Hired by an ambitious small-town pastor to find sacred relics in the Holy Land, a self-proclaimed Biblical archaeologist comes up short and his attempt to cover up his failure fuels a comic... See full summary »
Two people meet as guinea pigs in a weekend drug trial. Andre (an unethical high school teacher) and Juliet (a bookish teenager) soon discover their lives are in more danger than they ... See full summary »
Viago, Deacon, and Vladislav are vampires who are finding that modern life has them struggling with the mundane - like paying rent, keeping up with the chore wheel, trying to get into nightclubs, and overcoming flatmate conflicts.
Benjamin, home-schooled by his eccentric mother, is a loner whose passion for writing leads him on an journey as his story first gets ripped off by the legendary fantasy novelist, Ronald Chevalier, and then is adapted into a disastrous movie by the small town's most prolific homespun filmmaker. Written by
Fox Searchlight Pictures
When Chevalier opens "Yeast Lords," the audience hears the second part of the story as though he's reading it, even though it's obvious that he has opened to the first page. See more »
They got my reproductives Vanaya. Daecius is gonna build himself an army using my seed. I can't let that happen. His power has become unruly. You know how weird that'd be? A bunch of gorgeous yeast lords running around with my face? Making damned fools of themselves?
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After the credits, we see Bronco cutting some of his hair and pasting it with honey on Vanaya's bald head. And then they kiss. See more »
For some reason I managed to miss the reviews for Jared Hess' "Gentlemen Broncos" when it first opened in limited release. I saw the trailer for it some time ago, and was excited for it; "Napoleon Dynamite" and even Hess' follow-up "Nacho Libre" were two of the most off-kilter, refreshing comedies I've seen in the past decade. "Broncos" is absolutely no exception, expanding on and arguably perfecting the "geekverse" that Hess started with "Napoleon." This third film in the "Crayola Trilogy" may be so well designed for sci-fi geeks and lovers of Hess' first two movies, that it simply had no way to possibly survive in the mainstream market.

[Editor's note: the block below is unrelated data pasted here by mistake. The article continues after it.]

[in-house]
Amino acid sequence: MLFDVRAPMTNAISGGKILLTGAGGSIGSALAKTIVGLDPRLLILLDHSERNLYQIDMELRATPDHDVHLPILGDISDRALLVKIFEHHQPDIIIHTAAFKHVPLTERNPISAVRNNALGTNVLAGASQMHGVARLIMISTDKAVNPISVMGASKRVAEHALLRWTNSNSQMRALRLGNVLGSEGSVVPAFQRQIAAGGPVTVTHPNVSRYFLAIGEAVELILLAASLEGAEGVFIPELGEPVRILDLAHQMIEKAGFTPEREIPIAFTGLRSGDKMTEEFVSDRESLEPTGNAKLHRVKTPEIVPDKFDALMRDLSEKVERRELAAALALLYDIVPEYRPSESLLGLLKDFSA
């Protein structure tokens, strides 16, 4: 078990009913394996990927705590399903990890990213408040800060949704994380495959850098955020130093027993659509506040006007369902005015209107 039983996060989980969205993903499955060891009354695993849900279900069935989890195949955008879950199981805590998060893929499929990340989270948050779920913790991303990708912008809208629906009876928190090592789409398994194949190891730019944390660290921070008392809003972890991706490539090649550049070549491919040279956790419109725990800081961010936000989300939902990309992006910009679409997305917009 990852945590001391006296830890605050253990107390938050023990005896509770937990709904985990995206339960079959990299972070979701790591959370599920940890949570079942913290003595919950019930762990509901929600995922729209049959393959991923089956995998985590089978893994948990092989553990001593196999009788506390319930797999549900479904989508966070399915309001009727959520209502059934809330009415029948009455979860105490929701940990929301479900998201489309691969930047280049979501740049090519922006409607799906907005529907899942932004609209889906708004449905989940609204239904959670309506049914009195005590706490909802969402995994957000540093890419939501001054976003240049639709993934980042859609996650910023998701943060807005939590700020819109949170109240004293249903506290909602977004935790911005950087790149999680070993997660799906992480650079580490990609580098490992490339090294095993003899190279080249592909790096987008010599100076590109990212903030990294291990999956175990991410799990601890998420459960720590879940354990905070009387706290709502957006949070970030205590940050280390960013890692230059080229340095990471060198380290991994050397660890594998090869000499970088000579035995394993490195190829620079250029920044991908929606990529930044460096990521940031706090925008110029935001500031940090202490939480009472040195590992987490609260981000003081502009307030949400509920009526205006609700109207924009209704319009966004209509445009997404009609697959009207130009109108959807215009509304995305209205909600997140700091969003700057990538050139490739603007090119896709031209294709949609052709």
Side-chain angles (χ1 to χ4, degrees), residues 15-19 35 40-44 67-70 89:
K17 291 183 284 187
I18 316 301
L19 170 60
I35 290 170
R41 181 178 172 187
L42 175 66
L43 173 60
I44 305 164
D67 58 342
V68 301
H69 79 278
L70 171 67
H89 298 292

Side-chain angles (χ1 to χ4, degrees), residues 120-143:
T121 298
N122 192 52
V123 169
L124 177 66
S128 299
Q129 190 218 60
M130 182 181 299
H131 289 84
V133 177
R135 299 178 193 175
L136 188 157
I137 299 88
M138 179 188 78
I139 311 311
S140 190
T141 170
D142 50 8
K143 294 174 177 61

Me? I loved it. Not seeing any reviews beforehand, I was expecting a film that hit the same high notes of "Napoleon," and for me, I got them. I am also a sci-fi nut, and I like my comedies full of bizarre and strangely real people- this, Hess excels in, as well. I went to bed last night rating it a "10" on IMDb; I was shocked to see the rating at a mere "5.5/ 10." Flip over to Rotten Tomatoes; it's a "Rotten" at 16%. I also find it worth noting that neither of Hess' previous releases have been treated on IMDb much better--- I seem to remember a time when "ND" was in the Top 250, or at the very least had a much higher rating than it does today (6.9). I recall "ND" being hailed as a cult classic, only to see its popularity seemingly cripple later opinions of the film (regardless of the fact it started very small).
Anyway. I'm just saying I think Jared Hess' work has been roundly ignored for being truly great cinema. I can see why "Gentlemen Broncos" has not enjoyed the success of "ND"--- it is a truly far-out film, that only "nuts" such as myself are likely to enjoy; I spent my youth much like the lead character writing short stories and dreaming up far-off worlds--- for kids like that, and their adult counterparts, I can only say "See This Film." You won't regret it.
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